Shame is a natural consequence of anxiety because we worry what other people think. It would be easy, actually cavalier for me to say “you can’t control what people think so don’t worry about it”. Of course I just said it because it’s an extremely powerful concept to strive for. It’s likely you will never achieve it but it’s a worthy aim.

Quick story on the concept. When I was younger in my 20’s I remember not being able to find my car in a parking lot I was freaking out inside and I had  2 people approach me and ask me if I was okay. It was clear my anxiety was taking over, others sensed it. I was cringing inside, I refused the help, I found my car and I sat there for a half hour calming myself. I remember thinking “these people think I am crazy”. At that moment I was.

Shame had seeped into my emotional process. It prolonged my recovery from that episode. Was it merited? I don’t know, I as unable at that moment to dismiss these strangers from my mind. I kept thinking about what they were saying about me. I wondered for days what their conversation was on the ride home. How they must have mocked me etc. I never saw them again, and 20 years has passed…

Shame is horrible, and it is a component in anxiety. If you are feeling shame its okay you aren’t alone. Identify its source, write it down if needed and really consider why you feel shame and what the source is. You will get through it, things will improve, you are safe, and you doing great, one day at a time.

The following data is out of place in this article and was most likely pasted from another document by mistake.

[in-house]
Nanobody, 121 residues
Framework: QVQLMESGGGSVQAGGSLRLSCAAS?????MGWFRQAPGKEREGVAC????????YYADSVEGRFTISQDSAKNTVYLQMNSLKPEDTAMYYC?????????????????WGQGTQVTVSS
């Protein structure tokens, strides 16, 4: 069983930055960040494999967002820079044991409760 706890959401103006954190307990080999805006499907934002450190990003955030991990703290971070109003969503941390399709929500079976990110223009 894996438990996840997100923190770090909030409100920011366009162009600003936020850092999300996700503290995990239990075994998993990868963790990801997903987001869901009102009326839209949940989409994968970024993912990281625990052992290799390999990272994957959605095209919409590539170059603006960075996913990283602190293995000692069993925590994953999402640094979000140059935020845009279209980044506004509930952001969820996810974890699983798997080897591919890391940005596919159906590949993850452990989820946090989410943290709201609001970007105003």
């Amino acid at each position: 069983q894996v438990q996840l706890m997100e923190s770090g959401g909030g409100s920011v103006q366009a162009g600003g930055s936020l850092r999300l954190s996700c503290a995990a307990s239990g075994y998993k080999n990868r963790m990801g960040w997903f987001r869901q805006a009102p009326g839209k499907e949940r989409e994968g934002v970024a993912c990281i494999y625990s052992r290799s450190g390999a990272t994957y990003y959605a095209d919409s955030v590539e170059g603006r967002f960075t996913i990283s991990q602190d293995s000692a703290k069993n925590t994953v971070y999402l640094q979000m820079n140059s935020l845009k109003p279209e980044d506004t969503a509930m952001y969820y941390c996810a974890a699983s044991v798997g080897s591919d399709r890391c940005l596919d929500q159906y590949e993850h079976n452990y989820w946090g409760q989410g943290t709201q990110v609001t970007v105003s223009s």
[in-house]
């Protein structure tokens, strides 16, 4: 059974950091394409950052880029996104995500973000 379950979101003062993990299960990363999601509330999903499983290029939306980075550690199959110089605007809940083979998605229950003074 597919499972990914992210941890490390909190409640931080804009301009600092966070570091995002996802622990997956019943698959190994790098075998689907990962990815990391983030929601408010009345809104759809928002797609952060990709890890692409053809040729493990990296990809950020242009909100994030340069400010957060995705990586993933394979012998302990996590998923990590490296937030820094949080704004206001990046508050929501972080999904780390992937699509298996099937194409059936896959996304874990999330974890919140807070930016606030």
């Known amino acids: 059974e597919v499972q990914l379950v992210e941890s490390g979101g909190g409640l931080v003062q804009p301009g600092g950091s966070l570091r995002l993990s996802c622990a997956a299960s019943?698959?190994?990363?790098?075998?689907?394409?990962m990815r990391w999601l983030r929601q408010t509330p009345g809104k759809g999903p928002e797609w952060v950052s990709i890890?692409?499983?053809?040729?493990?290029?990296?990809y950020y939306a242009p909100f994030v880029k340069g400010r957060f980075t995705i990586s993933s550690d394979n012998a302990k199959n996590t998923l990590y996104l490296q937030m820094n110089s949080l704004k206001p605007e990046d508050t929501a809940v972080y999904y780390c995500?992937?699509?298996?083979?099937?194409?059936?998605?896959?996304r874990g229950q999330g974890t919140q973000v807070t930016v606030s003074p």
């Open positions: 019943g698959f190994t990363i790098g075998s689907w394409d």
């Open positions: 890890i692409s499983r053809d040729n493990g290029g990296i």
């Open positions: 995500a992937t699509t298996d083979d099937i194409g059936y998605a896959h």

Are you interested in more posts on Anxiety? Check out one of my previous posts here.

Beyond the Trees

Which is it?

I found a very good article here about anxiety and in it was a great little chart (see below).

Anxiety vs Anxiety Disorders Infographic.png

I don’t think this encapsulates 100% of anxiety issues but boy it captured a lot. I think many of us teeter between the columns. I certainly have had moments of avoiding social situations for fear of being judged. I think its important for all of us who deal with anxiety to be as honest with ourselves as we can.

That said I am not a big fan of labels but they are important if you are engaging in the battle of health care. Sadly, many care providers in the west cant or wont treat you unless you have a “diagnosis” from a doctor that you have actual anxiety disorder.

If you are fighting that battle, print this little chart out. Make sure you tell your Dr that it comes from the Anxiety and depression association of america. Advocate for yourself, you can do it. I don’t have much to add here other than to say look at the chart, if you think you fall into the anxiety disorder column that doesn’t make you deficient or a bad person. You have an illness, millions of us do, attack it, fight back! You are doing awesome, one day at a time.